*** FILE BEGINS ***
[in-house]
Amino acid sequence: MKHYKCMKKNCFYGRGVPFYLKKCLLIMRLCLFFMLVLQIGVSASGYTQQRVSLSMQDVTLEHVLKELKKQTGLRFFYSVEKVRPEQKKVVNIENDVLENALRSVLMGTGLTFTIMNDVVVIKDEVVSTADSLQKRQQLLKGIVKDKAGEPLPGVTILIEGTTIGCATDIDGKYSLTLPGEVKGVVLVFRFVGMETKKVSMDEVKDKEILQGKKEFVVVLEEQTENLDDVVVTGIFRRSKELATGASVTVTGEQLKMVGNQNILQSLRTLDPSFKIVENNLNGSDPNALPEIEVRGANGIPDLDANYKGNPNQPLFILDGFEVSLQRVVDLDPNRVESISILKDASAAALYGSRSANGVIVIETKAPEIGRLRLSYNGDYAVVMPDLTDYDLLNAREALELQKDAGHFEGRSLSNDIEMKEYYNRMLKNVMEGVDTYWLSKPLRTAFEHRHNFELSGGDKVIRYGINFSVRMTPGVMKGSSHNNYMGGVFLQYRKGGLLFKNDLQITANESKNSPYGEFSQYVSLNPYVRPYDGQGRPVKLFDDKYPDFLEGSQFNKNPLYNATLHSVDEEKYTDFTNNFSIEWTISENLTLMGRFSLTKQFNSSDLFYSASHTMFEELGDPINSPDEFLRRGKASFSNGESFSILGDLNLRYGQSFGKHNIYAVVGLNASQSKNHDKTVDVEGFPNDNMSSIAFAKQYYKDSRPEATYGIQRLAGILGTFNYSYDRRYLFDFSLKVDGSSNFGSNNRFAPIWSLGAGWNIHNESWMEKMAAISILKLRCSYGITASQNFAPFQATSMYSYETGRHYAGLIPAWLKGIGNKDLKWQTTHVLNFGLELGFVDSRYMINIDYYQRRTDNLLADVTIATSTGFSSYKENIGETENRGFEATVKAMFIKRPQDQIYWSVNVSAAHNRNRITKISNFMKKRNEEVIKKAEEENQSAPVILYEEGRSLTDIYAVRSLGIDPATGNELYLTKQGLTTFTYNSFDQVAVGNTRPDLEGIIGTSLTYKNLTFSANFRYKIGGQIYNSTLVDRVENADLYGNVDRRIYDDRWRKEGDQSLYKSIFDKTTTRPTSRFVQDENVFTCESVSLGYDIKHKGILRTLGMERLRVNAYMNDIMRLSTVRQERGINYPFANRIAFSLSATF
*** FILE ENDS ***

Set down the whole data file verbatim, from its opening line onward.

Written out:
[in-house]
Amino acid sequence: MKHYKCMKKNCFYGRGVPFYLKKCLLIMRLCLFFMLVLQIGVSASGYTQQRVSLSMQDVTLEHVLKELKKQTGLRFFYSVEKVRPEQKKVVNIENDVLENALRSVLMGTGLTFTIMNDVVVIKDEVVSTADSLQKRQQLLKGIVKDKAGEPLPGVTILIEGTTIGCATDIDGKYSLTLPGEVKGVVLVFRFVGMETKKVSMDEVKDKEILQGKKEFVVVLEEQTENLDDVVVTGIFRRSKELATGASVTVTGEQLKMVGNQNILQSLRTLDPSFKIVENNLNGSDPNALPEIEVRGANGIPDLDANYKGNPNQPLFILDGFEVSLQRVVDLDPNRVESISILKDASAAALYGSRSANGVIVIETKAPEIGRLRLSYNGDYAVVMPDLTDYDLLNAREALELQKDAGHFEGRSLSNDIEMKEYYNRMLKNVMEGVDTYWLSKPLRTAFEHRHNFELSGGDKVIRYGINFSVRMTPGVMKGSSHNNYMGGVFLQYRKGGLLFKNDLQITANESKNSPYGEFSQYVSLNPYVRPYDGQGRPVKLFDDKYPDFLEGSQFNKNPLYNATLHSVDEEKYTDFTNNFSIEWTISENLTLMGRFSLTKQFNSSDLFYSASHTMFEELGDPINSPDEFLRRGKASFSNGESFSILGDLNLRYGQSFGKHNIYAVVGLNASQSKNHDKTVDVEGFPNDNMSSIAFAKQYYKDSRPEATYGIQRLAGILGTFNYSYDRRYLFDFSLKVDGSSNFGSNNRFAPIWSLGAGWNIHNESWMEKMAAISILKLRCSYGITASQNFAPFQATSMYSYETGRHYAGLIPAWLKGIGNKDLKWQTTHVLNFGLELGFVDSRYMINIDYYQRRTDNLLADVTIATSTGFSSYKENIGETENRGFEATVKAMFIKRPQDQIYWSVNVSAAHNRNRITKISNFMKKRNEEVIKKAEEENQSAPVILYEEGRSLTDIYAVRSLGIDPATGNELYLTKQGLTTFTYNSFDQVAVGNTRPDLEGIIGTSLTYKNLTFSANFRYKIGGQIYNSTLVDRVENADLYGNVDRRIYDDRWRKEGDQSLYKSIFDKTTTRPTSRFVQDENVFTCESVSLGYDIKHKGILRTLGMERLRVNAYMNDIMRLSTVRQERGINYPFANRIAFSLSATF